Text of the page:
The White House observance of Christmas before the twentieth century was not an official event. First families decorated the house modestly with greens and privately celebrated the Yuletide with family and friends.
Christmas in Early America: the Pilgrims and Puritans of New England found no Biblical precedent for a public celebration of Christmas (recall that the goal of these groups was to simplify religious worship and to cut away all religious rituals and celebrations not specifically cited in the Bible); nothing in the Bible established any date for the birth of Christ; the holiday was instead established by Roman tradition, thus making it – in their view – one of the many “pagan” holidays that had been inculcated into the corrupt church that had persecuted them, and which they and other religious leaders wished to reform. Consequently, Christmas in New England remained a regular working day. In fact, Massachusetts passed an anti-Christmas law in 1659 declaring: “Whosoever shall be found observing any such day as Christmas . . . shall pay for each offense five shillings as a fine to the country.” The law was repealed in 1681, but the holiday still was not celebrated by religious non-conformists or dissenters (i.e., the Puritans and Pilgrims); it usually was celebrated only by a few Anglicans (later Episcopalians), Catholics, and other more formal or high-church-tradition New England families. It was not until the 1830s and 1840s that Christmas celebrations were just beginning to be accepted in New England (primarily due to the influence of large-scale Christmas celebrations in cities such as New York) – although as late as 1870 in Boston public schools, a student missing school on Christmas Day could be punished or expelled. By the 1880s, however, Christmas celebrations had finally become as accepted in New England as they were in other parts of the country.
White House Tree History Christmas Tree Trivia:
- In 1889, the tradition of a placing an indoor decorated tree in the White House began on Christmas morning during the Presidency of Benjamin Harrison.
- In 1895, First Lady Frances Cleveland created a “technology savvy” tree when she hung electric lights on the White House tree (electricity was introduced into the White House in 1891).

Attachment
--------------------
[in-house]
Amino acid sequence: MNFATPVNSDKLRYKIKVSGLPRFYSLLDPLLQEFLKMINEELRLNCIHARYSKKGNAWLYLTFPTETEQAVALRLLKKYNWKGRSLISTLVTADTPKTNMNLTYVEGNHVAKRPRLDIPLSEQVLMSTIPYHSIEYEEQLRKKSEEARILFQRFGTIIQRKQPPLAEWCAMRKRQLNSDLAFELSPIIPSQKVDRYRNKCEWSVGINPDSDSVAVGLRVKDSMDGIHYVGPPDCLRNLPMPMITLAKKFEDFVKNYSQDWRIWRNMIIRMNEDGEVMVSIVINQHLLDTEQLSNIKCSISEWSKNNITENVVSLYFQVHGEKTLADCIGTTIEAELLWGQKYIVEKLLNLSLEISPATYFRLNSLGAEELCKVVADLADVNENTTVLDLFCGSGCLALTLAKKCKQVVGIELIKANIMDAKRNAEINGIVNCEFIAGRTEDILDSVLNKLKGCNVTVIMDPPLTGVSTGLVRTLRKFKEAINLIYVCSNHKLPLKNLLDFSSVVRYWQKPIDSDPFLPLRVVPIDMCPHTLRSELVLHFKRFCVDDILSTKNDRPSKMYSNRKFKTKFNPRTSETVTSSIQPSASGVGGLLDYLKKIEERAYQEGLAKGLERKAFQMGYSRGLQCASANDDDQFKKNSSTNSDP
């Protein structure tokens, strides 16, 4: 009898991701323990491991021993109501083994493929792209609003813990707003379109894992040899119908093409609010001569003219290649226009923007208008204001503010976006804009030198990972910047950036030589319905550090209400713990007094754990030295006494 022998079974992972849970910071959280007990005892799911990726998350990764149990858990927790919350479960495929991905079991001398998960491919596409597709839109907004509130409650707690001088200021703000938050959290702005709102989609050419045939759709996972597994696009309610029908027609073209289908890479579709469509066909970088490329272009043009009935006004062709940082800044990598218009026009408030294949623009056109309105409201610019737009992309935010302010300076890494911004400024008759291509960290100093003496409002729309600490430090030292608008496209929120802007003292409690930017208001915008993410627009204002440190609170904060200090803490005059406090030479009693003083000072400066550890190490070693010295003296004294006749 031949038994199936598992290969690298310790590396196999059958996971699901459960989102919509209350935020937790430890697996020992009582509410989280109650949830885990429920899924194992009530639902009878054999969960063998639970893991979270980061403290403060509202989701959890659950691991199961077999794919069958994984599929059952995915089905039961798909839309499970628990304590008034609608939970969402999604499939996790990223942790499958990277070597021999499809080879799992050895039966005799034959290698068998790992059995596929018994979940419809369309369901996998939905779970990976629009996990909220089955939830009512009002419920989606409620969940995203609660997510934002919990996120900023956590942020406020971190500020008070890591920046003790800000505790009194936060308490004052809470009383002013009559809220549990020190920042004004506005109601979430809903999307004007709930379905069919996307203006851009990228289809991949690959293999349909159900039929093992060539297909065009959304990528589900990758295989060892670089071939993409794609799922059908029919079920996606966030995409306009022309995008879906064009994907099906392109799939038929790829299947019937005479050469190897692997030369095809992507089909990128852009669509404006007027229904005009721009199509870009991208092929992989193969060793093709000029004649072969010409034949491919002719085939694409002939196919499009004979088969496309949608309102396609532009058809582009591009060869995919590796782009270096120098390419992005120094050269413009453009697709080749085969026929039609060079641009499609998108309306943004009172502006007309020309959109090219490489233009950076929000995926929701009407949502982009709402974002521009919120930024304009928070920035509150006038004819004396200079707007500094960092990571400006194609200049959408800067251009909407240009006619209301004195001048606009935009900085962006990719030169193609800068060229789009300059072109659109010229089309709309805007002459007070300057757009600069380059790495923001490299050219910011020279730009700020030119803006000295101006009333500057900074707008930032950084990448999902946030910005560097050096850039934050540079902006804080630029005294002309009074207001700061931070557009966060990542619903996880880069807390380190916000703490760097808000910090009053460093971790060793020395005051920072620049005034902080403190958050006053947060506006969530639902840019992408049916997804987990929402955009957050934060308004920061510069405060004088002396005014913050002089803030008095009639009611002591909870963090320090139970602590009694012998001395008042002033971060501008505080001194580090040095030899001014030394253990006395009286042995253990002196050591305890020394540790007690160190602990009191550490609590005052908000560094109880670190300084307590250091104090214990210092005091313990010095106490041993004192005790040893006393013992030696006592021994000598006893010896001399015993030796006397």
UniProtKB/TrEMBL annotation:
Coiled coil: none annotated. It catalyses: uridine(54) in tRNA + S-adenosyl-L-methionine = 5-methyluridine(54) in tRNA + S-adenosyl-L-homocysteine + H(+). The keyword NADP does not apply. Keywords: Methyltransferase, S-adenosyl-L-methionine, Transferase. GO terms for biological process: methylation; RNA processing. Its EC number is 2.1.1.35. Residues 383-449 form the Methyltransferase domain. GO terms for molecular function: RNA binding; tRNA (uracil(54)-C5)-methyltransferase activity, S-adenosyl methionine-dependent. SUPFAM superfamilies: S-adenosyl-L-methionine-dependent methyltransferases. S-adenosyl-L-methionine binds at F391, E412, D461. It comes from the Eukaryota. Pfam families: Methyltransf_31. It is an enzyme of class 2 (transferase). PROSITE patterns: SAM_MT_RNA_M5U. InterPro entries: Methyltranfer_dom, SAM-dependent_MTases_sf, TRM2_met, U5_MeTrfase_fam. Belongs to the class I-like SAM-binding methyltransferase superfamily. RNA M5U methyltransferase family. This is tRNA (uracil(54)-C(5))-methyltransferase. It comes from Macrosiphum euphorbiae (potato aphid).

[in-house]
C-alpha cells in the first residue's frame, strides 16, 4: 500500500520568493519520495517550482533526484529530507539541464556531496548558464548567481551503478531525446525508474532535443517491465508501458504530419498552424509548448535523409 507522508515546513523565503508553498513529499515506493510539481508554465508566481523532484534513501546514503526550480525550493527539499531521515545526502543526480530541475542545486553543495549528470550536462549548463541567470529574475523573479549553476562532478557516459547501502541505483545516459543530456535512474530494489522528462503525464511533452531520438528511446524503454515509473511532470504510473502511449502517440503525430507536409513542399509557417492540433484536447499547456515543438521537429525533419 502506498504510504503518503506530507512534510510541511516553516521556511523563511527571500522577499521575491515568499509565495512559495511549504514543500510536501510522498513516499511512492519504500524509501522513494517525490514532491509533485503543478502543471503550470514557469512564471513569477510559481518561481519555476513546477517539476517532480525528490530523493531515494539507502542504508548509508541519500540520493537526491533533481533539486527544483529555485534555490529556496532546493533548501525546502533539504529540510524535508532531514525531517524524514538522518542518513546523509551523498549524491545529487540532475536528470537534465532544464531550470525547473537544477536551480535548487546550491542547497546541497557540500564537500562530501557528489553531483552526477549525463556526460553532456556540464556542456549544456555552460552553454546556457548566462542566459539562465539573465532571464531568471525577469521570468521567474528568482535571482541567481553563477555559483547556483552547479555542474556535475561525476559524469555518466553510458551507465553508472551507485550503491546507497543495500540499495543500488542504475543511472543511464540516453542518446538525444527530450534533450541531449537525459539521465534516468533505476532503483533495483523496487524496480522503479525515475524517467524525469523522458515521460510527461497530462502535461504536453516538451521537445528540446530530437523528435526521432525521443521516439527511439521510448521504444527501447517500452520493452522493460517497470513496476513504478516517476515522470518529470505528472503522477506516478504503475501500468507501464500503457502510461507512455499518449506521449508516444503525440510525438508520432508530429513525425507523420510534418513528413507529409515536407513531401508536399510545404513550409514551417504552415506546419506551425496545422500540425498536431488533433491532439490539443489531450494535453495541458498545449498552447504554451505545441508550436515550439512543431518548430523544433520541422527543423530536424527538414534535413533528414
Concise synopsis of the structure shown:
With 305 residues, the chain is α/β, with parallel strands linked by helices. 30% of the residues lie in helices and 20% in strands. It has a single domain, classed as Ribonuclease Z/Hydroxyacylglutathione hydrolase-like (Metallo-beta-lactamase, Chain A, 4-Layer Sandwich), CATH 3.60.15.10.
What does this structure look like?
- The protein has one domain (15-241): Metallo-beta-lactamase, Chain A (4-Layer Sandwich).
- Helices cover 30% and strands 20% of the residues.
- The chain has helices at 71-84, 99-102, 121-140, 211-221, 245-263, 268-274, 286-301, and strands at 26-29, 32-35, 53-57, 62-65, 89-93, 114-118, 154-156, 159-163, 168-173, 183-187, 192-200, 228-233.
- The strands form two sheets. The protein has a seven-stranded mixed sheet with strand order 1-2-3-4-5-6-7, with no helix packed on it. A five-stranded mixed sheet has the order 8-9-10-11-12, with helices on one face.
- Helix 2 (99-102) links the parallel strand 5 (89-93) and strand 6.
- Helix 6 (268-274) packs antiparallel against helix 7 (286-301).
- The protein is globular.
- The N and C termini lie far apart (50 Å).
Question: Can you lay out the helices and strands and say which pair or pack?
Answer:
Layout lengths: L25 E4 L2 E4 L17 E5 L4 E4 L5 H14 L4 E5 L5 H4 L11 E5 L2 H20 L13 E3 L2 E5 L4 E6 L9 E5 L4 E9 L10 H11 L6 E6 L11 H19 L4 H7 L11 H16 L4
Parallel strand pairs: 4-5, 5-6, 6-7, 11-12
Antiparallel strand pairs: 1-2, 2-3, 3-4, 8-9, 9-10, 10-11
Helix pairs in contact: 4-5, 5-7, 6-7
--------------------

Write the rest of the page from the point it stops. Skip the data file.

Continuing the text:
- 1901-1909, Teddy Roosevelt banned the Christmas tree from the White House for environmental reasons.
- In 1923, President Calvin Coolidge started the National Christmas Tree Lighting Ceremony now held every year on the White House lawn.
- In 1929, First Lady Lou Henry Hoover established the custom of decorating an official (and not just a personal) tree in the White House – a tradition that has remained with the First Ladies.
- In 1953, the Eisenhowers sought out Hallmark Cards to assist them in creating a presidential Christmas card – the beginning of the official White House Christmas card.
- In 1954, the annual Christmas tree lighting ceremony is named the Pageant of Peace. It is held each year in early December to light the National Christmas Tree and includes performances by popular entertainers before the lighting of the National Christmas Tree by the President. The National Christmas Tree remains lit through January 1.
- In 1961, First Lady Jacqueline Kennedy began the tradition of Christmas Tree themes when she decorated the Christmas tree in toy trimmings from the Nutcracker Suite ballet by Tchaikovsky.
- In 1963, the first Christmas card to include an explicitly religious element was the Kennedy card featuring a photo of a Nativity Scene set up in the East Room of the White House. Jack and Jacqueline had signed 30 cards before their final trip to Dallas. None was ever mailed. The National Christmas Tree that year was not lit until December 22nd because of a national 30-day period of mourning following President Kennedy’s assassination.
- In 1969, the Pageant of Peace was embroiled in legal controversy over the use of religious symbols, and in 1973, the nativity scene that had always been part of the pageant was no longer allowed.
- In 1979, the National Christmas Tree was not lighted except for the top ornament. This was done in honor of the American hostages in Iran….
- In 1981, President Ronald Reagan authorized the first official White House ornament, copies of which were made available for purchase.
- In 1981, Barbara Bush took the first of twelve rides in a cherry-picker to hang the star at the top of the National Christmas Tree.
- In 1984, the Nativity Scene was allowed to return to the Pageant of Peace, and when the National Christmas Tree was lit on December 13th, temperatures were in the 70s, making it one of the warmest tree lightings in history.
- In 2001, the first White House Christmas card to contain a Scripture was chosen by Laura Bush. Quoting from Psalm 27, it said “Thy face, Lord, do I seek. I believe that I shall see the goodness of the Lord in the Land of the Living,” which is what Laura Bush believed would happen after the tragedy of September 11. She chose that Scripture on September 16 (only 5 days after 9/11) based on a sermon the chaplain had preached at Camp David. The Bushes regularly used Scriptures on their Christmas cards.
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